Another well known foundational yoga pose or exercise that is important to know as a beginner is plank pose. This pose engages your core and back to keep your spine in a neutral position. A strong core is essential for a good yoga practice as it acts as a stable foundation on which you can build and practice more technical yoga poses.
How to do it:
Put your hands directly under your shoulders (slightly wider than shoulder width) and push your toes into the floor as your bring your body up to a plank position. Squeeze your core and glutes to maintain a solid plank. Your body should be in one line from your head to your back and down to your heels. Keep your gaze slightly ahead and hold this position for about 20-30 seconds.
When engaging your core in any pose or exercise, oftentimes beginners will tend to forget to keep their breathing consistent while their core is under strain. In any yoga pose, it is essential to keep breathing as you hold a pose or move from one pose to the next.
Cobbler's Pose (Baddha Konasana)
Cobbler's pose is a great beginner yoga pose to encourage good posture and a great stretch for your inner thighs.
How to do it:
Begin seated on your yoga mat with your legs stretched straight out in front of you. Bend your knees and bring the soles of your feet together as you let your knees fall out to either side. Sit up tall with a long spine, make sure your ears are in line with your shoulders and your shoulder blades are relaxed downwards. Hold your feet as close to your body as is comfortable for you, releasing slightly if you feel any discomfort in your knees. Press your feet tightly against each other and place your hands either on your feet or your knees.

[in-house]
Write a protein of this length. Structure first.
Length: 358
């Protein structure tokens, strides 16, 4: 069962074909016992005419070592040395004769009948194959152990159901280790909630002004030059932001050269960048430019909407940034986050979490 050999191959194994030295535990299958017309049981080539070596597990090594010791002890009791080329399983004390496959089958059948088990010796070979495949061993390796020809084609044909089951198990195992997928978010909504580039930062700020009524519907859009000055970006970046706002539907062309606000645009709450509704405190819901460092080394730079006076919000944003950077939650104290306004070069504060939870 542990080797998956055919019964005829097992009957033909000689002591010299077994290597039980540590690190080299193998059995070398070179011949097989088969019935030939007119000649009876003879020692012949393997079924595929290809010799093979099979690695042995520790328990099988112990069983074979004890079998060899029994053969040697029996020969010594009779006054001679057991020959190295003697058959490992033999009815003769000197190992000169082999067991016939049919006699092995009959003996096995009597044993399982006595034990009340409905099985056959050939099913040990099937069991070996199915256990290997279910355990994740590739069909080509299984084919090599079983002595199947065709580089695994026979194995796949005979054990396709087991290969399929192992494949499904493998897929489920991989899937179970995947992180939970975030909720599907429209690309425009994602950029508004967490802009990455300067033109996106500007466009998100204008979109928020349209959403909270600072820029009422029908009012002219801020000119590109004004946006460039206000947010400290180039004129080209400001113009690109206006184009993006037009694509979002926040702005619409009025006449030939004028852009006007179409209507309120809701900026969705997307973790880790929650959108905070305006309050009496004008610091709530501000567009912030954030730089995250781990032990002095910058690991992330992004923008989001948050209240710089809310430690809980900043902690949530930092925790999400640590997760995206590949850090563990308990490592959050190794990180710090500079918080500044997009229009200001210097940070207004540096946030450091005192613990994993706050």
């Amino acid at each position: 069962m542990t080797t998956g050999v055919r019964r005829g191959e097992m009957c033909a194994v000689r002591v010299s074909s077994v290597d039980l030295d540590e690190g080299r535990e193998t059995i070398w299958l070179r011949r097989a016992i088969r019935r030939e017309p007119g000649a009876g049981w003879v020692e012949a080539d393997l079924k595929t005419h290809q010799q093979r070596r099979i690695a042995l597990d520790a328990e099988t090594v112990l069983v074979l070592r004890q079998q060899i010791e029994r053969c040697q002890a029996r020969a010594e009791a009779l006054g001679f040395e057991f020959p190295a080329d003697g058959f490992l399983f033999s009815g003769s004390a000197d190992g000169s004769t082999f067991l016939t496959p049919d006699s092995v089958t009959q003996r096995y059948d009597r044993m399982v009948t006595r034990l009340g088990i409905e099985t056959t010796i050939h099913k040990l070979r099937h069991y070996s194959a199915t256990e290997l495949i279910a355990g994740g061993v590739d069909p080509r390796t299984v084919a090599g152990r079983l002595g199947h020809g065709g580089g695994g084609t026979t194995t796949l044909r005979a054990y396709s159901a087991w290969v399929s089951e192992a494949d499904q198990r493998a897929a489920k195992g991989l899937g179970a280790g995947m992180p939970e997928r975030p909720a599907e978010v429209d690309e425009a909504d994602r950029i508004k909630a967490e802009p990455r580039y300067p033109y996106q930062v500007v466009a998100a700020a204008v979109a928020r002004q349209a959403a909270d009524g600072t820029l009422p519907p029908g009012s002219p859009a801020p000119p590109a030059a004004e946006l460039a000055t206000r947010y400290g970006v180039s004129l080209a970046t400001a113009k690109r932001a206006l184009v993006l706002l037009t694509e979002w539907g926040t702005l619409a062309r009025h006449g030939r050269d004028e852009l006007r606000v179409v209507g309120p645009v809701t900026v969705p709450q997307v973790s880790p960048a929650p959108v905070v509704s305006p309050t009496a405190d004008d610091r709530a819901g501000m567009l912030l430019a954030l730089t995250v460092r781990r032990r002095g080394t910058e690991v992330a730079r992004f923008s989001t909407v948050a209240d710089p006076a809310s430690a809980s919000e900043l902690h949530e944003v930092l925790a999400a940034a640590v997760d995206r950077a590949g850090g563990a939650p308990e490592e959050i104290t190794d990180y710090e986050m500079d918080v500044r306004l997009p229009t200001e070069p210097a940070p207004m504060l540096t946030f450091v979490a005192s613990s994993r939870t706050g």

If this position is difficult for you, props can often help. You can prop yourself up by sitting on a cushion or block, or you can fold your yoga mat over a few times to create some elevation to sit on. If your knees are very high off the ground, you can also place a block or pillow under each knee to prevent straining of your joints.
Child's Pose (Balasana)
Child's Pose (Balansana) is yoga's most important and most used resting pose. It's a great way to gently stretch several parts of your body and reconnect with your breath.
How to do it:
On your mat, come onto all fours, with your shoulders above your hands and your hips above your knees. Spread your knees as wide as your mat, keeping the tops of your feet on the floor with your big toes touching. Then move your body backwards, bring your belly to rest on top of or between your thighs and rest your forehead on the floor. Fan our your fingers and elongate your arms, neck and back. Relax into the pose by letting go of any tension in your jaw, face and shoulders.
Make sure your neck stays in a neutral position. If you find you are bending your neck or feel any discomfort, use a pillow, yoga block, or another prop to keep pressure off your neck. You can also opt to keep your knees closer together if this feels more comfortable to you.
The right yoga equipment is half of the work
As you start your yoga journey, it is important to have the right equipment to make your practice comfortable and free from distractions such as loss of grip and slipping. We recommend purchasing a good quality eco-friendly yoga mat to increase your level of comfort and safety during your yoga practice. Eco-friendly yoga mats tend to be free from toxins and are 100% recyclable, making them better for your health and our planet.